WordPress in Azure WebApps with Azure Sql Database3 min read

Estimated Reading Time: 2 minutes

I’ve not done a lot of blogging recently.. With the last post on my OLD blog being from 2010.

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One of the reasons for this was me wanting to run my own blog in Azure…
While WordPress did work well so far on Azure Web Sites / Web Apps, the big painpoint so far had been DATABASE support.. WordPress being a PHP application, it’s Data Access Layer had been written to target MYSQL.

Now FINALLY we do have a version of WordPress (again) that works with SQL Server and Azure SQL DB.
You can go and download it from http://projectnami.org/.

Setting it up is somewhat bumpy, because some files are missing, some I had to do a few undocumented steps.
The missing files are JavaScript files (e.g. widget.js), that are only included in the MINIFIED version.
When I first tried WordPress it failed unexpectedly, which was to do the .JS files missing – and me getting 404.
Solution is to copy the files – e.g. widget.min.js –-> widget.js. This way WordPress will then get the URLs right and work.

Here’s the steps to get it running…

  1. Download the latest release from https://github.com/ProjectNami/projectnami/releases
    I downloaded v 1.2.2  using Powershell
    wget https://github.com/ProjectNami/projectnami/archive/1.2.2.zip -OutFile 1.2.2.zip
  2. Extract it locally
  3. Use powershell to copy all *.min.js files to *.js (this is the FIX and might be obsolete in the future)
    Get-ChildItem *.min.js -Recurse | Copy-Item  -Destination {$_.FullName.Replace("min.","")}</li>
  4. Next create a new Azure Web App in the new portal.
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  5. Create a new Azure SQL Database (ideally in the same Resource Group as the Web App).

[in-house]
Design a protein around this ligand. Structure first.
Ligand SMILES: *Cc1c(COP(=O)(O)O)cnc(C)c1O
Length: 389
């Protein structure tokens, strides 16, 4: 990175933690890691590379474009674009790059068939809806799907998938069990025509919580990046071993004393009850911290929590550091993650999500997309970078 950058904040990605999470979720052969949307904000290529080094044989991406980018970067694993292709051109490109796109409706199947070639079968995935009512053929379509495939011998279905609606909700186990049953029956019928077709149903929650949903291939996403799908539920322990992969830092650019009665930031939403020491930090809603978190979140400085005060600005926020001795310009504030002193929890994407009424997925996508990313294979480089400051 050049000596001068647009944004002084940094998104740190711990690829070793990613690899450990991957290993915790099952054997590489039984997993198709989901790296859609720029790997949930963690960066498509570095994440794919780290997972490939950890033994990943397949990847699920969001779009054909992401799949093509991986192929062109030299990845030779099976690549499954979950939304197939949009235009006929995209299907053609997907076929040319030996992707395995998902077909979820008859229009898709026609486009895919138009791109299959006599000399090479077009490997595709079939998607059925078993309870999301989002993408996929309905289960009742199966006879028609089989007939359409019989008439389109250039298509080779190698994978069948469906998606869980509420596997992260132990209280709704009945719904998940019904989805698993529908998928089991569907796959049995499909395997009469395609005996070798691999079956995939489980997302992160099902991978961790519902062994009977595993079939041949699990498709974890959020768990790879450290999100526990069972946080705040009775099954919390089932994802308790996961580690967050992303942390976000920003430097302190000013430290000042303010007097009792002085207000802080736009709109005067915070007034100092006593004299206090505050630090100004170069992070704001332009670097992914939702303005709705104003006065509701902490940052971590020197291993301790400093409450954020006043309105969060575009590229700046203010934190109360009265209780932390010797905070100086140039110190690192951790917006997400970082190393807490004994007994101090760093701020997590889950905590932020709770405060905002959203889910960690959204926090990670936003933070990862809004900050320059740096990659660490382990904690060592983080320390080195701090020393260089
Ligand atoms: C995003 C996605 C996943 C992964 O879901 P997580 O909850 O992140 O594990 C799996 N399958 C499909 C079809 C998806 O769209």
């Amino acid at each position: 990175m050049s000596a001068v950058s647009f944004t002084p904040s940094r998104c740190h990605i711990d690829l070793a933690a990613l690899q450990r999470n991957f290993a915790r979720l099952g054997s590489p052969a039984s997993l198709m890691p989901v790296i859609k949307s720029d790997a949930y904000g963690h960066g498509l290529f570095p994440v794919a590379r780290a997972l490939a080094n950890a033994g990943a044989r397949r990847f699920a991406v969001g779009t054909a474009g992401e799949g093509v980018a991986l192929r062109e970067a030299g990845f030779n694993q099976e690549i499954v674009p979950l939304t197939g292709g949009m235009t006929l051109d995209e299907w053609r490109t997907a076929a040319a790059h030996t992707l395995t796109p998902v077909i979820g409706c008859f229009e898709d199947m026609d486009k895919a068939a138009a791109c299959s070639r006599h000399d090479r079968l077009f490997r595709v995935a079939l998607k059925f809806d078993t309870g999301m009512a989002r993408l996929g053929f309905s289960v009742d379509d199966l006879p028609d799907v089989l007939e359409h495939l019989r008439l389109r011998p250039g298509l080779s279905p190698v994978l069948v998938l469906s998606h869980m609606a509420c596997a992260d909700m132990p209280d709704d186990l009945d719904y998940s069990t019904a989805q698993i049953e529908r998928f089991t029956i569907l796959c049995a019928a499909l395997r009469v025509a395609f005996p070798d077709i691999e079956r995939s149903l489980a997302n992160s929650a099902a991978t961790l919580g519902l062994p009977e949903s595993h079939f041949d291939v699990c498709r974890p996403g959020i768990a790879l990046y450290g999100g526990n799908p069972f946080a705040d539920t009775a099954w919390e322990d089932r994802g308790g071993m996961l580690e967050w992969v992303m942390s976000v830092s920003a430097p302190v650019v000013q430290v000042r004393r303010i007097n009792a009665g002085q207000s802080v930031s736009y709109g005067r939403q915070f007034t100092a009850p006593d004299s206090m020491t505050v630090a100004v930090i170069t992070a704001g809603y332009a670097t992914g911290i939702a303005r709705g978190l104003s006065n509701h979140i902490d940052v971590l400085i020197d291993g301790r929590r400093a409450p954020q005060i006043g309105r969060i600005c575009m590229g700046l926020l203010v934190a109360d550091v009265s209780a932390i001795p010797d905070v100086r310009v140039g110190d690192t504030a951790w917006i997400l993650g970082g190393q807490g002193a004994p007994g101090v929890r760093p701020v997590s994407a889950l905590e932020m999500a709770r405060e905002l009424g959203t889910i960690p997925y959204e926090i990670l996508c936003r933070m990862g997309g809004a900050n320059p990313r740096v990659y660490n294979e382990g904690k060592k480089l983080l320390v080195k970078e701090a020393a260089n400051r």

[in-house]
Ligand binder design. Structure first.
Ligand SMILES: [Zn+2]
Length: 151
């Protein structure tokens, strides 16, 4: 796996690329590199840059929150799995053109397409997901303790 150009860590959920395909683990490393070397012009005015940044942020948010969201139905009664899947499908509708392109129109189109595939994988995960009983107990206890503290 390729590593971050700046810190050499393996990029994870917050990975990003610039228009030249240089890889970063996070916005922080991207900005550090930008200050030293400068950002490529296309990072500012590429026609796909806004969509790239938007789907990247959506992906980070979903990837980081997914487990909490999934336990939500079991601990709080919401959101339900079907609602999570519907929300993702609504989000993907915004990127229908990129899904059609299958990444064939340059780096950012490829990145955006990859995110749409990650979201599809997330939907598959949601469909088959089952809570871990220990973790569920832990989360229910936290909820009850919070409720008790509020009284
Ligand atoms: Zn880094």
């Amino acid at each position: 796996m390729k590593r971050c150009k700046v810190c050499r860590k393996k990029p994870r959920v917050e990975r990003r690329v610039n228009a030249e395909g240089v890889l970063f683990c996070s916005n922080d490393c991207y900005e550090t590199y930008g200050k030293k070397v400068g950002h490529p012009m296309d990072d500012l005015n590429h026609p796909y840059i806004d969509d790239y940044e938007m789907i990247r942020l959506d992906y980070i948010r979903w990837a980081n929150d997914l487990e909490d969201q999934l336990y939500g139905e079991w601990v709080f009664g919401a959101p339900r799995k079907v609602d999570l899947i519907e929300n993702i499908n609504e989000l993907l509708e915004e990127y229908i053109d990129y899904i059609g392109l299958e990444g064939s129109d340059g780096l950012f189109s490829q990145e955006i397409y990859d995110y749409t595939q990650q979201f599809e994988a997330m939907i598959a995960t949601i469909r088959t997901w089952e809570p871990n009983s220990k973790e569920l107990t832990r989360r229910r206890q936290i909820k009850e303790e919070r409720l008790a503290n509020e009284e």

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    Use Pricing Tier S0 or higher.
    Make sure that Azure services can access the Azure SQL DB Server (under Firewall Settings of the server)
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    Remember username / password of the server as well as it’s full server name (xx.database.windows.net)
  6. Now I’m using GIT to deploy the locally changed sources into the Azure WebApp.
    Click on the WebApp and pick “Continuous Deployment” under Settings to configure the GIT Endpoint for your WebApp.
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  7. Pick “Local Git Repository” as the source.
  8. Go back out to Settings and pick “Deployment Credentials”
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  9. Configure username and password for the GIT endpoint created.
  10. Go back to the main blade of your WebApp and copy the GIT Clone URL.
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  11. Open the folder where you previously extracted ProjectNami WordPress in Commandline.
  12. Upload everything to your Azure WebApp using GIT using the following commands:
    git init
    git add .
    git commit -m Initial
    git remote add origin <gitCloneUrl>
    git push origin master
  13. Visit your Azure WebApp through the browser
  14. Voila! You should see the WordPress config wizard coming up…
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    (/wp-admin/setup-config.php)
  15. Configure the database using…
    Database Name = The name of your Azure SQL DB (not server!)
    User Name, Password = What you configured just a minute ago.
    Database Host = The server host name (xx.database.windows.net)

Congratulations!
You’ve made it!

Now pick a nice theme and enjoy Smile

5 thoughts on “WordPress in Azure WebApps with Azure Sql Database3 min read

  1. Could you please give me some more information on the missing JS files? I looked at both our repo and the release you mentioned, and within the JS folders for wp-admin and wp-includes, and I didn’t notice anything missing right off. For example, both widgets.js and widgets.min.js are present.

    Thanks.

    1. When I first ran project nami, the wordpress site did behave strangely..
      Checking the dev console I found a lot of 404s all for JS files..

      E.g.
      /wp-includes/js/jquery/ui/widget.js

      Even in your GitHub Repo I can see https://github.com/ProjectNami/projectnami/blob/master/wp-includes/js/jquery/ui/widget.min.js
      but not https://github.com/ProjectNami/projectnami/blob/master/wp-includes/js/jquery/ui/widget.js

      Same was true for the ZIP file with the release..

    2. Interesting, those are jQuery files and not WP itself. Seems those files are missing in WP Core as well. Have you seen the same issue with standard WordPress?

      1. I haven’t installed standard WordPress..
        I’m not familiar with WordPress code base, but maybe there’s a way to force minified files..

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